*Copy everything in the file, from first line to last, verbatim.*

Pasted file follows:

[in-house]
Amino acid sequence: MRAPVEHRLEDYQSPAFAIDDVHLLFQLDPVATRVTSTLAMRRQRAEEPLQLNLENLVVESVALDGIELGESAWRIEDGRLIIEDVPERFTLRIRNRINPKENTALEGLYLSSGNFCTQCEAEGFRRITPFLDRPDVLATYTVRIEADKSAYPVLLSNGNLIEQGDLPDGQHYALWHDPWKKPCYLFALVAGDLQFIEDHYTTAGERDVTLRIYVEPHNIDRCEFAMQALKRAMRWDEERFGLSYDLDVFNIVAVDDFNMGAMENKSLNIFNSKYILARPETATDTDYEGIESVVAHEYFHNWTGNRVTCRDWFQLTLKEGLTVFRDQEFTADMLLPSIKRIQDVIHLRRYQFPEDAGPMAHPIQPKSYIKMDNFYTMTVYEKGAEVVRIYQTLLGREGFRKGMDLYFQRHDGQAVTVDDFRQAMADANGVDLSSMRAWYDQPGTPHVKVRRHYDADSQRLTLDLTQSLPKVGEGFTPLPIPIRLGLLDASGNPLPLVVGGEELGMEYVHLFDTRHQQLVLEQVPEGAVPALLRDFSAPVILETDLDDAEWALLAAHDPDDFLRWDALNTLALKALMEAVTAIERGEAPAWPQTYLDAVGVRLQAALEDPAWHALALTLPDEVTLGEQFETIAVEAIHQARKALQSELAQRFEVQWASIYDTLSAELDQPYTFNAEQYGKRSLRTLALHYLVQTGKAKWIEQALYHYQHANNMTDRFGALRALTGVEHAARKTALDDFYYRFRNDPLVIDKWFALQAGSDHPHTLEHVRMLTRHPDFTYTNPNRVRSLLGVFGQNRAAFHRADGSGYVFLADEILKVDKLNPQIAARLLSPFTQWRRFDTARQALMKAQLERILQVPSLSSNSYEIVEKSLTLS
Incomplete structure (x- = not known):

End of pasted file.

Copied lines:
[in-house]
Amino acid sequence: MRAPVEHRLEDYQSPAFAIDDVHLLFQLDPVATRVTSTLAMRRQRAEEPLQLNLENLVVESVALDGIELGESAWRIEDGRLIIEDVPERFTLRIRNRINPKENTALEGLYLSSGNFCTQCEAEGFRRITPFLDRPDVLATYTVRIEADKSAYPVLLSNGNLIEQGDLPDGQHYALWHDPWKKPCYLFALVAGDLQFIEDHYTTAGERDVTLRIYVEPHNIDRCEFAMQALKRAMRWDEERFGLSYDLDVFNIVAVDDFNMGAMENKSLNIFNSKYILARPETATDTDYEGIESVVAHEYFHNWTGNRVTCRDWFQLTLKEGLTVFRDQEFTADMLLPSIKRIQDVIHLRRYQFPEDAGPMAHPIQPKSYIKMDNFYTMTVYEKGAEVVRIYQTLLGREGFRKGMDLYFQRHDGQAVTVDDFRQAMADANGVDLSSMRAWYDQPGTPHVKVRRHYDADSQRLTLDLTQSLPKVGEGFTPLPIPIRLGLLDASGNPLPLVVGGEELGMEYVHLFDTRHQQLVLEQVPEGAVPALLRDFSAPVILETDLDDAEWALLAAHDPDDFLRWDALNTLALKALMEAVTAIERGEAPAWPQTYLDAVGVRLQAALEDPAWHALALTLPDEVTLGEQFETIAVEAIHQARKALQSELAQRFEVQWASIYDTLSAELDQPYTFNAEQYGKRSLRTLALHYLVQTGKAKWIEQALYHYQHANNMTDRFGALRALTGVEHAARKTALDDFYYRFRNDPLVIDKWFALQAGSDHPHTLEHVRMLTRHPDFTYTNPNRVRSLLGVFGQNRAAFHRADGSGYVFLADEILKVDKLNPQIAARLLSPFTQWRRFDTARQALMKAQLERILQVPSLSSNSYEIVEKSLTLS
Incomplete structure (x- = not known):